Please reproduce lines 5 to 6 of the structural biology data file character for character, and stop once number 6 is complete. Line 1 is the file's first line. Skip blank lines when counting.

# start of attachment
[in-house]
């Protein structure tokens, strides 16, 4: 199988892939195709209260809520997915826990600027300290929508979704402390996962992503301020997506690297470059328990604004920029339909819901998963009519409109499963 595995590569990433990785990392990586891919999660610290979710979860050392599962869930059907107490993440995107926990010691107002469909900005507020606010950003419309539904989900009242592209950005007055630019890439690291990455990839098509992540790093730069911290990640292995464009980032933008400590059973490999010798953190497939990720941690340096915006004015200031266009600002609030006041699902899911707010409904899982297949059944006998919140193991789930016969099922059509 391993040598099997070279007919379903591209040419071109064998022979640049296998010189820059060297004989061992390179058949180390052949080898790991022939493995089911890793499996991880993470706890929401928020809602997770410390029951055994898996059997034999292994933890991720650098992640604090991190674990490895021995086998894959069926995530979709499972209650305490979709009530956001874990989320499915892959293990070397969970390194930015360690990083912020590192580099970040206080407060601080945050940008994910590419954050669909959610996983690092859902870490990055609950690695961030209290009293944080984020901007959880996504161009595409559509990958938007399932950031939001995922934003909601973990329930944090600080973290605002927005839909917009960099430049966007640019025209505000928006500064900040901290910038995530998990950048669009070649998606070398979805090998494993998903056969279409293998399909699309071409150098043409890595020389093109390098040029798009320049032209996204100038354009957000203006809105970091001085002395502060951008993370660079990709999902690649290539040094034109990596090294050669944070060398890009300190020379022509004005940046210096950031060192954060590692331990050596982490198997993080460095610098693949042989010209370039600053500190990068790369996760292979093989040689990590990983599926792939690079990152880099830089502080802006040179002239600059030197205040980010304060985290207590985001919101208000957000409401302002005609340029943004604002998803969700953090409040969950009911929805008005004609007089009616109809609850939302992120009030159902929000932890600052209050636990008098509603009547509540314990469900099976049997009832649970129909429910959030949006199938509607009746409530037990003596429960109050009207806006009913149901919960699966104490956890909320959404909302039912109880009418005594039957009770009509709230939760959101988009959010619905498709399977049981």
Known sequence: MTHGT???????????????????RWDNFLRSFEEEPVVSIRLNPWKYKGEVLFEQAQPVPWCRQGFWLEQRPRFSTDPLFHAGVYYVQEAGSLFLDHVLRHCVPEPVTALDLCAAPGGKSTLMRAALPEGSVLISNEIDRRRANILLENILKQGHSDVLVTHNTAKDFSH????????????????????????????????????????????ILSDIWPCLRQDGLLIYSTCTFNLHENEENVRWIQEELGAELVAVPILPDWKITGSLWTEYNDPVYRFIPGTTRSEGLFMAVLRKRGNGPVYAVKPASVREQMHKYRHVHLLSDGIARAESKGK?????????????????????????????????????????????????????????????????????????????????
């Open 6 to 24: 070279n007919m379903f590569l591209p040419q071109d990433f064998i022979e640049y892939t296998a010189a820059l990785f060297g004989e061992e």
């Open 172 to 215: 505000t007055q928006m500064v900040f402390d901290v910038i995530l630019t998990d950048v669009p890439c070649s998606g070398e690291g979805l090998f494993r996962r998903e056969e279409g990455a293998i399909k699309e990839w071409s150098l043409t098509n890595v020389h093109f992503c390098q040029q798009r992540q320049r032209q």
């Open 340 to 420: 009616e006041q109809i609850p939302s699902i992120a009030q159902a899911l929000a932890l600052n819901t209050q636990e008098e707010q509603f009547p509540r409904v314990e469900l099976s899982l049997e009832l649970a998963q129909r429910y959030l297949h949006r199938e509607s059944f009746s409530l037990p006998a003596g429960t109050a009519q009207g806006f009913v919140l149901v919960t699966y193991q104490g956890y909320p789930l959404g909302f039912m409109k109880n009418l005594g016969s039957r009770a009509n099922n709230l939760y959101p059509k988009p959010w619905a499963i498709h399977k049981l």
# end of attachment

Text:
């Open 172 to 215: 505000t007055q928006m500064v900040f402390d901290v910038i995530l630019t998990d950048v669009p890439c070649s998606g070398e690291g979805l090998f494993r996962r998903e056969e279409g990455a293998i399909k699309e990839w071409s150098l043409t098509n890595v020389h093109f992503c390098q040029q798009r992540q320049r032209q």
């Open 340 to 420: 009616e006041q109809i609850p939302s699902i992120a009030q159902a899911l929000a932890l600052n819901t209050q636990e008098e707010q509603f009547p509540r409904v314990e469900l099976s899982l049997e009832l649970a998963q129909r429910y959030l297949h949006r199938e509607s059944f009746s409530l037990p006998a003596g429960t109050a009519q009207g806006f009913v919140l149901v919960t699966y193991q104490g956890y909320p789930l959404g909302f039912m409109k109880n009418l005594g016969s039957r009770a009509n099922n709230l939760y959101p059509k988009p959010w619905a499963i498709h399977k049981l």